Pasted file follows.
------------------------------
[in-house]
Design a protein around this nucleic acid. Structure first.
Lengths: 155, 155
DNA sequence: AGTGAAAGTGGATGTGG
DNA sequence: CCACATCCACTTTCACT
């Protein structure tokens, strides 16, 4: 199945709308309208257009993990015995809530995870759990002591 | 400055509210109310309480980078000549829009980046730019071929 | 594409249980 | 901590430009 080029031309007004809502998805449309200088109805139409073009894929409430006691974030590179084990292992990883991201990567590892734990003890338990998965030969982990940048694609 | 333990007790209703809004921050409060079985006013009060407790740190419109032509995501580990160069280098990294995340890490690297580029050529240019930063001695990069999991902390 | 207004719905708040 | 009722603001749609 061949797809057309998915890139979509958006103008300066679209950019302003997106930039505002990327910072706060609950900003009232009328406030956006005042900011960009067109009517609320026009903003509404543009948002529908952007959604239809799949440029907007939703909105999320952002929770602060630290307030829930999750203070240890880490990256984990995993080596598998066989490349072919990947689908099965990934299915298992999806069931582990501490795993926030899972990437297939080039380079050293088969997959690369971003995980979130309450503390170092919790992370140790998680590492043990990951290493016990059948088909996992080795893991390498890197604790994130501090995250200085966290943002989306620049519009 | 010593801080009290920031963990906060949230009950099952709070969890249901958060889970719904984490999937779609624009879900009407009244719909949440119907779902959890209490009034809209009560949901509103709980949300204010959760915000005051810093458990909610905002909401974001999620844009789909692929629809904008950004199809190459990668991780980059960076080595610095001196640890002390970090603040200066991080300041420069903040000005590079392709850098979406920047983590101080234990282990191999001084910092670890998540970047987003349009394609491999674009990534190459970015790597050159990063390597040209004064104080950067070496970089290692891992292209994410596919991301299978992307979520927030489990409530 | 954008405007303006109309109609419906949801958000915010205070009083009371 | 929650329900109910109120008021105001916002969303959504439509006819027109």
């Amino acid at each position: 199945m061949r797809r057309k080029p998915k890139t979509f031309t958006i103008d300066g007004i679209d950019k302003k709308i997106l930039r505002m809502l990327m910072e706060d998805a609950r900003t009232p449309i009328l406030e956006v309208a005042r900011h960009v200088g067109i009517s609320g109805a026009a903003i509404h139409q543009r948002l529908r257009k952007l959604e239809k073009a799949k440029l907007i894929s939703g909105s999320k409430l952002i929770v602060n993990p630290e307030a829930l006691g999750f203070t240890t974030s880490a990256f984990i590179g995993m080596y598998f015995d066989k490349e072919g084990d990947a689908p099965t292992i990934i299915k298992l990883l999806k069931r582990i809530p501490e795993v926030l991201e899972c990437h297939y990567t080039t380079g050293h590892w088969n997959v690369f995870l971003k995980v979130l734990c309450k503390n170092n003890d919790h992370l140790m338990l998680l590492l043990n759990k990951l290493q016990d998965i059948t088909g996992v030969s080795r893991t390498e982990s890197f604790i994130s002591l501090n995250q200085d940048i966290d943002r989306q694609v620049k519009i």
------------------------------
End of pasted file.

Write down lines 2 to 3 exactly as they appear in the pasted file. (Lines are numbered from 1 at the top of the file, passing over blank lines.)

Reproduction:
Design a protein around this nucleic acid. Structure first.
Lengths: 155, 155